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Title: Early Gas Stripping as the Origin of the Darkest Galaxies in the Universe

Abstract

The known galaxies most dominated by dark matter (Draco, Ursa Minor and Andromeda IX) are satellites of the Milky Way and the Andromeda galaxies. They are members of a class of faint galaxies, devoid of gas, known as dwarf spheroidals, and have by far the highest ratio of dark to luminous matter. None of the models proposed to unravel their origin can simultaneously explain their exceptional dark matter content and their proximity to a much larger galaxy. Here we report simulations showing that the progenitors of these galaxies were probably gas-dominated dwarf galaxies that became satellites of a larger galaxy earlier than the other dwarf spheroidals. We find that a combination of tidal shocks and ram pressure swept away the entire gas content of such progenitors about ten billion years ago because heating by the cosmic ultraviolet background kept the gas loosely bound: a tiny stellar component embedded in a relatively massive dark halo survived until today. All luminous galaxies should be surrounded by a few extremely dark-matter-dominated dwarf spheroidal satellites, and these should have the shortest orbital periods among dwarf spheroidals because they were accreted early.

Authors:
; ; ; ; ; ; ;
Publication Date:
Research Org.:
Stanford Linear Accelerator Center (SLAC)
Sponsoring Org.:
USDOE
OSTI Identifier:
900234
Report Number(s):
SLAC-PUB-12362
astro-ph/0702495; TRN: US200711%%315
DOE Contract Number:  
AC02-76SF00515
Resource Type:
Journal Article
Resource Relation:
Journal Name: Nature 445:738-740,2007; Journal Volume: 445
Country of Publication:
United States
Language:
English
Subject:
71 CLASSICAL AND QUANTUM MECHANICS, GENERAL PHYSICS; GALAXIES; HEATING; MILKY WAY; NONLUMINOUS MATTER; ORIGIN; SATELLITES; UNIVERSE; Astrophysics,ASTRO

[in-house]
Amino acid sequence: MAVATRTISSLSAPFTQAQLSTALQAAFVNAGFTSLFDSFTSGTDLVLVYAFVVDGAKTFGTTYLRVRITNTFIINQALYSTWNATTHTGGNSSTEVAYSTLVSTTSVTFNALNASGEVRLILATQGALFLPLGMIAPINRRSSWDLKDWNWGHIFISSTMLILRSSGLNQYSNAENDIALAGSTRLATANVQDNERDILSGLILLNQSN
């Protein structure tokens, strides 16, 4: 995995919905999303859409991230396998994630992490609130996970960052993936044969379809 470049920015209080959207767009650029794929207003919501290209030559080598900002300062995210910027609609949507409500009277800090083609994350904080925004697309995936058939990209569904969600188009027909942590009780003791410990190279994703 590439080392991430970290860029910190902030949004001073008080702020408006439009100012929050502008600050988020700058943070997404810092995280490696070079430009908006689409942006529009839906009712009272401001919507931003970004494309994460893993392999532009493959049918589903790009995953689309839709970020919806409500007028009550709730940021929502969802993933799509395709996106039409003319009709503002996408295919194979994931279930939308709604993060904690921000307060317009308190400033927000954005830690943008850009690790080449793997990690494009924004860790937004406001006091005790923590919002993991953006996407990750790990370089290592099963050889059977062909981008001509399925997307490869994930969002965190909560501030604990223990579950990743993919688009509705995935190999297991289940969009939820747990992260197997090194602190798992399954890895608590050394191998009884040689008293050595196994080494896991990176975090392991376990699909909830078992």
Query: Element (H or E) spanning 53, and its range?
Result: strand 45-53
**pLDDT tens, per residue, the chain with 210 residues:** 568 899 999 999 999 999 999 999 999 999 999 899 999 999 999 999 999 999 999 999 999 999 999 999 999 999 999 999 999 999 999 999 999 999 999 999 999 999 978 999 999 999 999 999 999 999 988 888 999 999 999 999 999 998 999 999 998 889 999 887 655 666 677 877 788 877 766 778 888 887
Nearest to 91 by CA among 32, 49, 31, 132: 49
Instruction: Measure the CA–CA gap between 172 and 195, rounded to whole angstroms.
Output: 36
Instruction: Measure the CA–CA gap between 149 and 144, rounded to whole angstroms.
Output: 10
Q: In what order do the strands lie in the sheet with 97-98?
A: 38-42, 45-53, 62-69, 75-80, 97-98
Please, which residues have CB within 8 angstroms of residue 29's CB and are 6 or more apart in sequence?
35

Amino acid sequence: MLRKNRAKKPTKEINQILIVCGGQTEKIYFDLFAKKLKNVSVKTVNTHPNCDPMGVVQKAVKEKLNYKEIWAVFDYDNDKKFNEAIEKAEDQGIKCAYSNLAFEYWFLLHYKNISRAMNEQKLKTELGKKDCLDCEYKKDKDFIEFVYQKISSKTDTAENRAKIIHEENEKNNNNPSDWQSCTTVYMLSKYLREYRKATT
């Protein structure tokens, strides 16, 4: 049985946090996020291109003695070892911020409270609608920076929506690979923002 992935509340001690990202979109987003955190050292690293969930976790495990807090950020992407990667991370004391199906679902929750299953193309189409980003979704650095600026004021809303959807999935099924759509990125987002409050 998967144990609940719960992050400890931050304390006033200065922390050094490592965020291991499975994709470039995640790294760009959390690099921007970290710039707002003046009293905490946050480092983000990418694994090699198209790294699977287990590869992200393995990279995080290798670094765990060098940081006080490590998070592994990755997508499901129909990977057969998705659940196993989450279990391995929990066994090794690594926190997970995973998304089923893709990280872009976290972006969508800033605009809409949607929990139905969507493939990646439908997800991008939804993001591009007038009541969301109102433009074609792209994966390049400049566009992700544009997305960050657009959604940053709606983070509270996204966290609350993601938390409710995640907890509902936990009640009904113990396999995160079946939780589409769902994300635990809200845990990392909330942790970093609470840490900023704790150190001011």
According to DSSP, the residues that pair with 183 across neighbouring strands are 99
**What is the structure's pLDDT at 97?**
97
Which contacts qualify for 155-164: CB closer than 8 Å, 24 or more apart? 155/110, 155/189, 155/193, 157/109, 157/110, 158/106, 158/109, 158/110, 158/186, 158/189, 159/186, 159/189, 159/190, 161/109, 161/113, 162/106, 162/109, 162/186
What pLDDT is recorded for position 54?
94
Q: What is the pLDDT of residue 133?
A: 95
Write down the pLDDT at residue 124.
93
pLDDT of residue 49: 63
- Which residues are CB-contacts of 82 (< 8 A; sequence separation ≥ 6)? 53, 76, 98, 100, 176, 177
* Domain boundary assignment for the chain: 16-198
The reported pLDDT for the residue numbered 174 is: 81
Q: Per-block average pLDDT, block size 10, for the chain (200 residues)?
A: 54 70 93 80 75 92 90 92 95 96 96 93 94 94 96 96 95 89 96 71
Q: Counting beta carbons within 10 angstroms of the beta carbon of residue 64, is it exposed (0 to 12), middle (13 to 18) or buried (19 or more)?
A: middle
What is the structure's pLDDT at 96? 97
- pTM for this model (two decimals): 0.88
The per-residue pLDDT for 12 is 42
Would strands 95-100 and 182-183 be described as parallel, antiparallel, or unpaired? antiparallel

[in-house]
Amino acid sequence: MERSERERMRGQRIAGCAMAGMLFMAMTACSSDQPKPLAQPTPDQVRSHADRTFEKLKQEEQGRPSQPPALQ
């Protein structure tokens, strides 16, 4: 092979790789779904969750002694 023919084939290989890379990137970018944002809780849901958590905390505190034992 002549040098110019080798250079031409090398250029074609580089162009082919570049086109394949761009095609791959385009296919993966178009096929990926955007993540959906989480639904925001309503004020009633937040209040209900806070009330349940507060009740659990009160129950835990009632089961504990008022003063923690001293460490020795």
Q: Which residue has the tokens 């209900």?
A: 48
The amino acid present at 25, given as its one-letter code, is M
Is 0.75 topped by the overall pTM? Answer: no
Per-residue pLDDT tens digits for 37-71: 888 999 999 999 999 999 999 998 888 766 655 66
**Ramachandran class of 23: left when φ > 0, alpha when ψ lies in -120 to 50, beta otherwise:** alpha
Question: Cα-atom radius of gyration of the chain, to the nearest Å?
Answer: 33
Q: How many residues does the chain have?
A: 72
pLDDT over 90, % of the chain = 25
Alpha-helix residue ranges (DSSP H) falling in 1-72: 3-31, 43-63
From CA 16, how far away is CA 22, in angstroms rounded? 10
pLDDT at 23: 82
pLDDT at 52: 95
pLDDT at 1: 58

Citation Formats

Mayer, Lucio, /Zurich, ETH /Zurich U., Kazantzidis, Stelios, /KIPAC, Menlo Park /KICP, Chicago, Mastropietro, Chiara, /Munich U. Observ., Wadsley, James, and /McMaster U. Early Gas Stripping as the Origin of the Darkest Galaxies in the Universe. United States: N. p., 2007. Web. doi:10.1038/nature05552.
Mayer, Lucio, /Zurich, ETH /Zurich U., Kazantzidis, Stelios, /KIPAC, Menlo Park /KICP, Chicago, Mastropietro, Chiara, /Munich U. Observ., Wadsley, James, & /McMaster U. Early Gas Stripping as the Origin of the Darkest Galaxies in the Universe. United States. doi:10.1038/nature05552.
Mayer, Lucio, /Zurich, ETH /Zurich U., Kazantzidis, Stelios, /KIPAC, Menlo Park /KICP, Chicago, Mastropietro, Chiara, /Munich U. Observ., Wadsley, James, and /McMaster U. Wed . "Early Gas Stripping as the Origin of the Darkest Galaxies in the Universe". United States. doi:10.1038/nature05552. https://www.osti.gov/servlets/purl/900234.
@article{osti_900234,
title = {Early Gas Stripping as the Origin of the Darkest Galaxies in the Universe},
author = {Mayer, Lucio and /Zurich, ETH /Zurich U. and Kazantzidis, Stelios and /KIPAC, Menlo Park /KICP, Chicago and Mastropietro, Chiara and /Munich U. Observ. and Wadsley, James and /McMaster U.},
abstractNote = {The known galaxies most dominated by dark matter (Draco, Ursa Minor and Andromeda IX) are satellites of the Milky Way and the Andromeda galaxies. They are members of a class of faint galaxies, devoid of gas, known as dwarf spheroidals, and have by far the highest ratio of dark to luminous matter. None of the models proposed to unravel their origin can simultaneously explain their exceptional dark matter content and their proximity to a much larger galaxy. Here we report simulations showing that the progenitors of these galaxies were probably gas-dominated dwarf galaxies that became satellites of a larger galaxy earlier than the other dwarf spheroidals. We find that a combination of tidal shocks and ram pressure swept away the entire gas content of such progenitors about ten billion years ago because heating by the cosmic ultraviolet background kept the gas loosely bound: a tiny stellar component embedded in a relatively massive dark halo survived until today. All luminous galaxies should be surrounded by a few extremely dark-matter-dominated dwarf spheroidal satellites, and these should have the shortest orbital periods among dwarf spheroidals because they were accreted early.},
doi = {10.1038/nature05552},
journal = {Nature 445:738-740,2007},
number = ,
volume = 445,
place = {United States},
year = {Wed Feb 28 00:00:00 EST 2007},
month = {Wed Feb 28 00:00:00 EST 2007}
}